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Is the Performance of This Company Xtreme or Accidental?

Thursday - 5/23/2013, 4:18pm  ET

Looking for turn around stories in North America, an investor can't afford to overlook Xtreme Drilling and Coil Services (TSX: XDC). The stock has yielded more than 150% since last summer when investors deserted the company for better investment prospects. This eye-catching performance might make an investor wonder whether the stock has run its course. Has the rally legs? Let's dig into this company to find it out. 

Xciting improvement 
 
Xtreme is a company that markets its drilling rigs and coiled tubing well service units in the U.S., Canada, and Saudi Arabia. It spent $220 million in 2011-2012, loading its balance sheet with a lot of debt in order to expand its fleet. However, the CapEx for 2013 is significantly reduced and the company will spend ~$17 million in maintenance CapEx.
 
Most of the new fleet was deployed in second half of 2012, driving the growth both for the Drilling and Coil Services segments. For 2012, adjusted EBITDA almost doubled to $39.7 million as compared to $21.9 million in 2011. The top line also grew significantly as the company recognized revenue of $174.2 million in 2012, an increase of 67% from 2011. In addition, operating days for 2012 increased to 6,550 as compared to 4,602 in 2011.
 
In Q1 2013, the company had a utilization rate of 80% for its fleet. Drilling services continued to be the largest revenue segment for the company as the Canadian and U.S. drilling operations represented 82% of revenue for Q1 2013. Although Canada continued to be slow, evidenced by the fact that horizontal well permits and the rig count were down 10% year-over-year, the company's two primary U.S. plays of the Bakken and the Niobrara remained strong. In Q1 2013, revenue increased 4% over the previous quarter, margins improved, and the company recorded an adjusted EBITDA of $18.6 million.
 
After all, the recent performance of the stock wasn't accidental as there was a fundamental improvement that fueled this rally. 

Is an Xtreme upside left? 
 
Now that the company has turned the corner and assuming the price of oil remains strong, is Xtreme Drilling currently undervalued in comparison to its peers? To find this, let's visualize the Q1 2013 reports of Xtreme Drilling and its peers: 
 
 

Company

PBV

LT DEBT / EQUITY

LT DEBT / EBITDA

EV / EBITDA

Xtreme  Drilling

0.63

0.40

1.84

4.43

Trinidad Drilling

0.96

0.56

1.48

4

Ensign  Energy

Services 

1.29

0.16

0.45

4

Precision  Drilling

1.03

0.55

1.44

4.03

CanElson  Drilling

1.23

0.08

0.24

3.71

EV: Enterprise Value

LT: Long-Term

Based on the fundamentals and the key metrics of the peer group, Xtreme's stock won't most likely rise as much as it has risen during the last ten months. The company has to improve its balance sheet further by reducing its debt to exhibit a significant upside from the current levels. 

Xtensive concerns 

Additionally, what concerns me with Xtreme is the fact that its core markets are in the U.S. and Canada, where the demand doesn't exceed the supply. This results in competitive pricing, hurting the margins and the growth of companies operating in these regions. For instance, Trinidad Drilling (TSX: TDG) is another significant player in the sector, and notes that there are softening industry conditions across entire North America, although the downward trend slowed in Q1 2013 and activity levels have begun to flatten.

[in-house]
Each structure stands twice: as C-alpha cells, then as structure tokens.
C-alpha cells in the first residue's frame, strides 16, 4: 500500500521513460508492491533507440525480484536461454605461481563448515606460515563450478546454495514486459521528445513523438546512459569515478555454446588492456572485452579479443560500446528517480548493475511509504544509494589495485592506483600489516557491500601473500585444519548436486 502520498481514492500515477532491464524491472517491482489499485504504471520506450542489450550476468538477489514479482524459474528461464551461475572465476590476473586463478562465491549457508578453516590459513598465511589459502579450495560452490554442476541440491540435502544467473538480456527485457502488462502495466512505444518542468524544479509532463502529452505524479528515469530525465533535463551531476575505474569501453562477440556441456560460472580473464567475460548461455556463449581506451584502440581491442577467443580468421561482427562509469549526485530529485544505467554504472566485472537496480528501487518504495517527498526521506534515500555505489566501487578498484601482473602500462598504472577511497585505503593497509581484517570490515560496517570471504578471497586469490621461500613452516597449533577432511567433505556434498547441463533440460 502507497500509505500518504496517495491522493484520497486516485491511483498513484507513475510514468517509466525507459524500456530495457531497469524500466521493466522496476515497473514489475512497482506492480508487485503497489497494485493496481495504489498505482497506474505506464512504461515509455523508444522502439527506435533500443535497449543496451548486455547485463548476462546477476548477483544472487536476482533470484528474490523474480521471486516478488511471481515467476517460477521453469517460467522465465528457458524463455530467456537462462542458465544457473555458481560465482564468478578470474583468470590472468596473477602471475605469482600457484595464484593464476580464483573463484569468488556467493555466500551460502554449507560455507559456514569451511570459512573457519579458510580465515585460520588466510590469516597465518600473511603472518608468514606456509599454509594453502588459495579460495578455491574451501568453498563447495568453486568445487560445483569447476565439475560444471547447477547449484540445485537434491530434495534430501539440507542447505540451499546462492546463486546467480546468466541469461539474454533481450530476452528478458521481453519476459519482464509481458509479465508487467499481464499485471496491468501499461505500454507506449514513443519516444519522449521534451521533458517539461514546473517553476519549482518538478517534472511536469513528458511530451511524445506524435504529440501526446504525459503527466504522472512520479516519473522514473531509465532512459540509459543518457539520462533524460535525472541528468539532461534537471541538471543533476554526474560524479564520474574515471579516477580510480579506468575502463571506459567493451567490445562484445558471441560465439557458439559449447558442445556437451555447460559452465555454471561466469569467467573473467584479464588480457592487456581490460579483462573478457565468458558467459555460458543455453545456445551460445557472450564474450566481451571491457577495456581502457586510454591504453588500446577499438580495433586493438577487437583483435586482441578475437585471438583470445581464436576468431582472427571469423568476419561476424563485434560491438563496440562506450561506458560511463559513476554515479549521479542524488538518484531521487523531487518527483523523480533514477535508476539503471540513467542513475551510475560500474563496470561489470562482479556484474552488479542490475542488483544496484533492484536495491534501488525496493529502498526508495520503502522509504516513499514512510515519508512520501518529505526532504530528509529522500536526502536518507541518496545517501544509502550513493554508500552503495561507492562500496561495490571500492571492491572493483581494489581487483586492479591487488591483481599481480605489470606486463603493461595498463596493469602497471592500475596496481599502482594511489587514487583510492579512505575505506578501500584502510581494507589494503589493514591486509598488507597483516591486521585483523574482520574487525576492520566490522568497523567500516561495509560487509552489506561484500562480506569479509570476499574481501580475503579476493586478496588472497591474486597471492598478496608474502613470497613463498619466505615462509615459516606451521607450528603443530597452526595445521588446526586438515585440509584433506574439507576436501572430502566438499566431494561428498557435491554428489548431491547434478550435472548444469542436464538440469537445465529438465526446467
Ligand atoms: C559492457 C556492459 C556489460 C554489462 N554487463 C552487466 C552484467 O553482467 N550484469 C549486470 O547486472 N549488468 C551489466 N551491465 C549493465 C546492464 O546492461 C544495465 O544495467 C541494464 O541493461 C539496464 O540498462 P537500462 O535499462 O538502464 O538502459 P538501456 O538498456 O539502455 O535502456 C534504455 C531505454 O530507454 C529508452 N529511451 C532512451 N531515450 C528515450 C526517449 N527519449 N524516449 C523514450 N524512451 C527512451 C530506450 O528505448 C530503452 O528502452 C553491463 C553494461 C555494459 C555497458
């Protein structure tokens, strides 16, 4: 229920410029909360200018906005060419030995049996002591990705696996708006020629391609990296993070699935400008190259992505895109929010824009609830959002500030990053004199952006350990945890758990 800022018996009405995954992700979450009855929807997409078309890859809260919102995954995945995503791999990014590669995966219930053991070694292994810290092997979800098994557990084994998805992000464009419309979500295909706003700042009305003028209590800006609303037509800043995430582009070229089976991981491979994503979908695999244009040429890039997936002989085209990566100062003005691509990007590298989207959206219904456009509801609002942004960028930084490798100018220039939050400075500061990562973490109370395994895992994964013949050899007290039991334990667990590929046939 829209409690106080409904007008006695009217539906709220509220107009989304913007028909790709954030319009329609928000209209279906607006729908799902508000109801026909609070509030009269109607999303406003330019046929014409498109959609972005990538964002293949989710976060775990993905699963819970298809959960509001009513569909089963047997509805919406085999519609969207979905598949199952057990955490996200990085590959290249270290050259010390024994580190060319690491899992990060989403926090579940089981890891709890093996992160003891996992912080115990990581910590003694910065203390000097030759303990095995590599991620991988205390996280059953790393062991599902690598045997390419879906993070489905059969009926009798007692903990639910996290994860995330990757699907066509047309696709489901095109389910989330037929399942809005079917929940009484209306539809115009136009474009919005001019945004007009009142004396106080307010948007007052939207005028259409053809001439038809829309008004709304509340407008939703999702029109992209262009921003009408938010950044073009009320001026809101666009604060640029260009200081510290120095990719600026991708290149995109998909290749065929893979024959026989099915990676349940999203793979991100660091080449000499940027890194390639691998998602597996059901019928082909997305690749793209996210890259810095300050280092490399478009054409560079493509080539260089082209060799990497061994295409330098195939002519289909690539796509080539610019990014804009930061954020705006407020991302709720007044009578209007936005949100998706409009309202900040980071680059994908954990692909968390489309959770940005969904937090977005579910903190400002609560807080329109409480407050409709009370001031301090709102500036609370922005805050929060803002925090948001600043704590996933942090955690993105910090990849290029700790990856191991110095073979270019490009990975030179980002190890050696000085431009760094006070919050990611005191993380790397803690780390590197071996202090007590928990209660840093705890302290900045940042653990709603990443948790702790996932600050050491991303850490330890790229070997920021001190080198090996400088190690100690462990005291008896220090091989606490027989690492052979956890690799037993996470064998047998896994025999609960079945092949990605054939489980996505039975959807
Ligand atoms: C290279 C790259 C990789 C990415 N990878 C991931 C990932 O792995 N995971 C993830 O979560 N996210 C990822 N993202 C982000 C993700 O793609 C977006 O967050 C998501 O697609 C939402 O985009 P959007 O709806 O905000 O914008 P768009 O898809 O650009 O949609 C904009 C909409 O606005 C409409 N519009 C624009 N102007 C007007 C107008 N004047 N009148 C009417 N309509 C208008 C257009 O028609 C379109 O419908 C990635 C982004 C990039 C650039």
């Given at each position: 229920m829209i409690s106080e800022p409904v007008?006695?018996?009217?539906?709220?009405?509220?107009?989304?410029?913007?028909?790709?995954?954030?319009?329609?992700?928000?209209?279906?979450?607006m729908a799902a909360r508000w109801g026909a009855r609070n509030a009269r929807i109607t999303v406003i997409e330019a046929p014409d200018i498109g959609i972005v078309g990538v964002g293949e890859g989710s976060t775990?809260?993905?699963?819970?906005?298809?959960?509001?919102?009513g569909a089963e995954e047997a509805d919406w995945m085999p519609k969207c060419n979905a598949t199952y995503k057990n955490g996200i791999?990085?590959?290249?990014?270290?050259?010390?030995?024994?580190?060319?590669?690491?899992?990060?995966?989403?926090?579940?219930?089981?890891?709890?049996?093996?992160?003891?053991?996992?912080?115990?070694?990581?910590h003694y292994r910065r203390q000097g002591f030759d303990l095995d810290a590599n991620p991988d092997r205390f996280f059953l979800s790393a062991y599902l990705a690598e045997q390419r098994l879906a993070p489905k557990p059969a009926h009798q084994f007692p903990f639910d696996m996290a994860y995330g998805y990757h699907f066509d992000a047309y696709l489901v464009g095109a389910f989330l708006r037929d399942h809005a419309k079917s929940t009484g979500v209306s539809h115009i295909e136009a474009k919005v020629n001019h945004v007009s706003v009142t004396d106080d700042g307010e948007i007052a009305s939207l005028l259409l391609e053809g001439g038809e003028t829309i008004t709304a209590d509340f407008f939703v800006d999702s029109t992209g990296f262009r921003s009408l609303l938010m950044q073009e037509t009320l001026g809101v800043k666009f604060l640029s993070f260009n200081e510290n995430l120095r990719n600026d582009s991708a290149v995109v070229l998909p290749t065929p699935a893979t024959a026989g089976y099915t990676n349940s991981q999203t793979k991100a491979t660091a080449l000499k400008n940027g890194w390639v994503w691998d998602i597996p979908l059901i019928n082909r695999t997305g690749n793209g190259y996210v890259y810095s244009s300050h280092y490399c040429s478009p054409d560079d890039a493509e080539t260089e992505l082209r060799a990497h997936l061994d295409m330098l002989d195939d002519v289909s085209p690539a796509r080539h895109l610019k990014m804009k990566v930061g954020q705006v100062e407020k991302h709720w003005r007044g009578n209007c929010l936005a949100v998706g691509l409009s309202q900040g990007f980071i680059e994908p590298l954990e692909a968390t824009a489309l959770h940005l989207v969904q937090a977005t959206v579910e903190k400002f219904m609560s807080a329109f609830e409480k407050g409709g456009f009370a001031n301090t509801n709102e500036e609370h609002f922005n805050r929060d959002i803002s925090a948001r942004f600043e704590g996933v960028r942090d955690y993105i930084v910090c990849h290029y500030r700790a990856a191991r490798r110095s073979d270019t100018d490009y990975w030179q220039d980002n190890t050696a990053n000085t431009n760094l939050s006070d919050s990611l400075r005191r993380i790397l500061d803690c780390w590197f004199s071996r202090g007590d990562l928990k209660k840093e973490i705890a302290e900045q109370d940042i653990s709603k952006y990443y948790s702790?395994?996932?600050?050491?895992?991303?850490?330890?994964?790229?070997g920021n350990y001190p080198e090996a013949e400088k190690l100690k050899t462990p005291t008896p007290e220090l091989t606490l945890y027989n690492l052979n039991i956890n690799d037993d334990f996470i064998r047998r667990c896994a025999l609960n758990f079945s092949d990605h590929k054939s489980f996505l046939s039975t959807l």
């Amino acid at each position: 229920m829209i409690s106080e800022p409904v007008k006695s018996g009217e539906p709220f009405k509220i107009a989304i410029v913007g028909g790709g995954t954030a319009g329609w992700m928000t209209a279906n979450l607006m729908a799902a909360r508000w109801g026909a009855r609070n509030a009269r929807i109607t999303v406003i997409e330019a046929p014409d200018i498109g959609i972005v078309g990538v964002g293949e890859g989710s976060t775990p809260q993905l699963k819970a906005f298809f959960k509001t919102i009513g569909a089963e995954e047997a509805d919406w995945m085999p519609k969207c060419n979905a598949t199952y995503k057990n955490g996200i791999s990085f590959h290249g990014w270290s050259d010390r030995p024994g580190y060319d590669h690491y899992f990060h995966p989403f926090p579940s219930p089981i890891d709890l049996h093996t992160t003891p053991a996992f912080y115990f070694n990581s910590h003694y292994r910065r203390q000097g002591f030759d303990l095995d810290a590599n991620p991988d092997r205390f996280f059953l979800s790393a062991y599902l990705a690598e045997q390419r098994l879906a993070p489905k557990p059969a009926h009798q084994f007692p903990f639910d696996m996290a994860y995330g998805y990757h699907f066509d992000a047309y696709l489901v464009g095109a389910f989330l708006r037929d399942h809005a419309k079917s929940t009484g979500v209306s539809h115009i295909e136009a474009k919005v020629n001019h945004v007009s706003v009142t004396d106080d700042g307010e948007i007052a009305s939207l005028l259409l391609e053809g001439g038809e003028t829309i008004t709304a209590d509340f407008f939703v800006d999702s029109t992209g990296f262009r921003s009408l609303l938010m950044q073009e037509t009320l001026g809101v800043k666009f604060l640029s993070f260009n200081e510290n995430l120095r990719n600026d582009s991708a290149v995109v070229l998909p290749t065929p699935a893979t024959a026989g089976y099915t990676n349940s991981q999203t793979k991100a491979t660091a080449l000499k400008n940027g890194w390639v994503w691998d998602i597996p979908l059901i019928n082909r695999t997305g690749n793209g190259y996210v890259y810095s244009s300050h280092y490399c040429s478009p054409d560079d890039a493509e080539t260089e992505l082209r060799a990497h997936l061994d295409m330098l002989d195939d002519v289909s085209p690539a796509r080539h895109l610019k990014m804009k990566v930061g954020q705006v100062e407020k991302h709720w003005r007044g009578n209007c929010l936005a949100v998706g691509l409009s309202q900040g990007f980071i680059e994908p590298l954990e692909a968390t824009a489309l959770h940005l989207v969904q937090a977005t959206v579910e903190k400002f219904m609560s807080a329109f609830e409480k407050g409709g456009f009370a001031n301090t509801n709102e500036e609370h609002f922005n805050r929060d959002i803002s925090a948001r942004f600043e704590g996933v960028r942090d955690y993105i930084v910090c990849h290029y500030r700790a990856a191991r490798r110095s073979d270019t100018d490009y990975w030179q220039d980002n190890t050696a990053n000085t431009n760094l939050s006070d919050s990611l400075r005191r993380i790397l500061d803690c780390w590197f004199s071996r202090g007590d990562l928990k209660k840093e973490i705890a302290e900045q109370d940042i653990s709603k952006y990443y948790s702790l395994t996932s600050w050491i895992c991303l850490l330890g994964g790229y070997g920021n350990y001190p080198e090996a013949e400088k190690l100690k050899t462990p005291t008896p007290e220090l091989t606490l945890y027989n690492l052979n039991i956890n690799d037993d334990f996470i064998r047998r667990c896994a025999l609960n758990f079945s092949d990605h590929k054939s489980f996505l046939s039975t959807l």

Trinidad Drilling isn't alone in having growth problems in its core areas. Precision Drilling (TSX: PD) was also hurt by lower North American activity, due primarily to depressed natural gas prices that limits gas-directed drilling activity. In Q1 2013, Precision's CEO noted that the subdued North American industry activity levels continue to disappoint many in the industry. The company's drilling rig utilization was down in both Canada and the U.S., partially offset by growth in its international contract drilling business.

CanElson Drilling (NASDAQOTH: CDLRF) is another company which recognizes that both Canada and the U.S. continue to be subdued markets and the industry saw contraction. CanElson Drilling also notes that its customers in Canada and North Dakota are cautious with respect to their capital spending programs, and consequently, the company expects typical seasonal utilization through the remainder of the year including a normal seasonal decrease in revenues for Q2 and Q3 of 2013. CanElson also points out that there might be some seasonal revenue rate pressure, as less efficient competitor drilling contractors try to obtain work with low revenue rates during the spring and summer drilling seasons.

Ensign Energy Services (TSX: ESI) also points out the continued softening of demand for North American oilfield services. In Q1 2013 report, Ensign notes that "reduced activity levels is combined with downward pressure on revenue rates for Canada and United States oilfield services, but increased demand for oilfield services in the company's international operations partially offset some of the weakness experienced in North America."

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